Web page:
Zimbabwe passed the Indigenisation and Economic Empowerment Bill which would take business owned by whites and place them into the hands of local blacks, so that no more than 50% of businesses are owned by nonlocals. While companies previously had incentive to invest in Zimbabwe becase of cheap assests, now many companies are pulling out completely. Heinz, for example, used to be a food giant there, but now have decided to stop doing any work there. 

more...
No comment yet.
Rescooped by Emily Heuring from Let's Talk Surat
Scoop.it!

Zimbabwe rough diamonds to flow into Surat markets soon

Zimbabwe rough diamonds to flow into Surat markets soon | Zimbabwe | Scoop.it
Huge quantities of rough diamonds from Zimbabwe are set to flow into the world's biggest diamond cutting and polishing centre in Surat after Diwali festival.

Via In-Gujarat.Info
Emily Heuring's insight:

Zimbabwe is beginning to trade diamonds with the European Union, which will bring jobs into the country as well as money from the exports.

more...
No comment yet.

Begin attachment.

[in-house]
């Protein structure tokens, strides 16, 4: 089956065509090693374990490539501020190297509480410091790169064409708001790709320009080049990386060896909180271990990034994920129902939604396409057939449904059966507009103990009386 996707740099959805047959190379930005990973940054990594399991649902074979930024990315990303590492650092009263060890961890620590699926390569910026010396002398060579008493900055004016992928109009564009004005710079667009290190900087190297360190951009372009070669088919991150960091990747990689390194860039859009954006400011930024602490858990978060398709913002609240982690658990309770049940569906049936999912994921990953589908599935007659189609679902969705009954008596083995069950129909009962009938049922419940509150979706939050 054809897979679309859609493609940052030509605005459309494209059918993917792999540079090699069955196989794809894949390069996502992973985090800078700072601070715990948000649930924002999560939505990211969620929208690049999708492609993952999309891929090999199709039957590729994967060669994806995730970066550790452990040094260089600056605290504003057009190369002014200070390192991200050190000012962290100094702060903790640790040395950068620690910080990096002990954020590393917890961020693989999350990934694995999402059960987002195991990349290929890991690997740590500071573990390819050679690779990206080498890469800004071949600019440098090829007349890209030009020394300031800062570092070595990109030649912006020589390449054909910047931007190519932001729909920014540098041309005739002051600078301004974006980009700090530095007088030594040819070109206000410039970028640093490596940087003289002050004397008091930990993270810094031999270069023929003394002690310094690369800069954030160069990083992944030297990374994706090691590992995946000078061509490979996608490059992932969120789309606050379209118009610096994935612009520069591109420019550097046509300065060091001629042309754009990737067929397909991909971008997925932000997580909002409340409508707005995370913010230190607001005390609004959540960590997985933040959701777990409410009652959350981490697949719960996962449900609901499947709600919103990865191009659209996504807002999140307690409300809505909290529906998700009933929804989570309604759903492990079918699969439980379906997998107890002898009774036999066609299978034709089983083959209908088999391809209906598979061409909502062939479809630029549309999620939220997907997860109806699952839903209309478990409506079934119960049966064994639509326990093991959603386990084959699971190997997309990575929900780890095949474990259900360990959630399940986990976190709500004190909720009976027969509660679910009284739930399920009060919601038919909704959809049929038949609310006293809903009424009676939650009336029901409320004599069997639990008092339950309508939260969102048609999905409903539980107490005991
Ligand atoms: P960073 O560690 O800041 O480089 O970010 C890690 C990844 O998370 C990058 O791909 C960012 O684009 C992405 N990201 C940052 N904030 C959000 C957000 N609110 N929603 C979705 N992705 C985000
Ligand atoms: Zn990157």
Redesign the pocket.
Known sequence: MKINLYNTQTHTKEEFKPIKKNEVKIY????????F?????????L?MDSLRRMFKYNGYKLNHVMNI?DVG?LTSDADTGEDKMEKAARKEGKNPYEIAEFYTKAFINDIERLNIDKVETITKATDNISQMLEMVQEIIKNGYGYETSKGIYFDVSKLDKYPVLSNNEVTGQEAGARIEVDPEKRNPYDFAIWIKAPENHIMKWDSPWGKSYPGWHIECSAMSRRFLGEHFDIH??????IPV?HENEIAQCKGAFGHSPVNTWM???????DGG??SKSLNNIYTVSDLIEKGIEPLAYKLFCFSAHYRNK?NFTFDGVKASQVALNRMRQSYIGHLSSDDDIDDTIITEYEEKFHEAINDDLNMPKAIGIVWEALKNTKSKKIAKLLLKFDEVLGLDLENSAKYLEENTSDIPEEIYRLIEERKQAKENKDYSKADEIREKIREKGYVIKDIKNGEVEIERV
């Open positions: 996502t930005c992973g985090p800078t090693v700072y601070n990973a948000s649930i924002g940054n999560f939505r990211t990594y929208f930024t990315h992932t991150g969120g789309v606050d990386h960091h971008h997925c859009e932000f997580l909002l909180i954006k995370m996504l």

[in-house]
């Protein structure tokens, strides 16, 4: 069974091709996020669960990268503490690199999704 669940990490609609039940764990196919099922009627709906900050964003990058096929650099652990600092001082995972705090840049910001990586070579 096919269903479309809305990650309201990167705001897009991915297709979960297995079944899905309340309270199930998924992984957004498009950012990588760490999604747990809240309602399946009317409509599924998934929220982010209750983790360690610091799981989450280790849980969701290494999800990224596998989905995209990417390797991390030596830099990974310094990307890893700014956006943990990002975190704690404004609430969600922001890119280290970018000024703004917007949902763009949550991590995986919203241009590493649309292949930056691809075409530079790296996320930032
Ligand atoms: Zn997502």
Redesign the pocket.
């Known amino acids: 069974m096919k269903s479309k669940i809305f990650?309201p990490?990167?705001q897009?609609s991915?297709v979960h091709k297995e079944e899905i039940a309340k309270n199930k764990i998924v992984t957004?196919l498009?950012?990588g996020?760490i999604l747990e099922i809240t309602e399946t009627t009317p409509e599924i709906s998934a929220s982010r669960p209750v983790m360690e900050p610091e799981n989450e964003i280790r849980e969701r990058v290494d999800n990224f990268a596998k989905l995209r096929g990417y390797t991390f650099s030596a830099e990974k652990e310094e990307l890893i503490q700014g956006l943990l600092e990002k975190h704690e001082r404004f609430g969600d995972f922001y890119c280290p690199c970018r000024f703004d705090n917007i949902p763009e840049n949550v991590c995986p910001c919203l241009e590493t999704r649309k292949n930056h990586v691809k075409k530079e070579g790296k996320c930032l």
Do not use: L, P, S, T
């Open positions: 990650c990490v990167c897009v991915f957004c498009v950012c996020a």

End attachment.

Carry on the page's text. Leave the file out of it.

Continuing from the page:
Rescooped by Emily Heuring from Global Politics
Scoop.it!

Grim food security outlook for Zimbabwe*

Grim food security outlook for Zimbabwe* | Zimbabwe | Scoop.it
Laina Tavengwa, 34, from Wedza District in Zimbabwe’s Mashonaland East Province, no longer sees a point in farming her family’s four-hectare plot.

Via Chris Goldsmith
Emily Heuring's insight:

Zimbabwe is experiencing an extreme food shortage as the crops are suffering from a lack of rain and the farmers inabliity to buy things such as fertilizer. While agriculture is a huge part of their economy, this is more importantly making it extremely difficult for many Zimbabweans to feed their families.The government is responding through giving food and in some cases money to those suffering in rural areas, however it is only helping a small fraction of those affected. 

more...
No comment yet.
Scooped by Emily Heuring
Scoop.it!

Into the ruins of Zimbabwe's Industrial 'cemeteries'

Into the ruins of Zimbabwe's Industrial 'cemeteries' | Zimbabwe | Scoop.it

ZimbabChunks of broken asbestos sheeting and pieces of rusty metal sheets lie atop a dilapidated building that was once home to massive manufacturing activity in Harare’s Workington Industrial area. REPORT …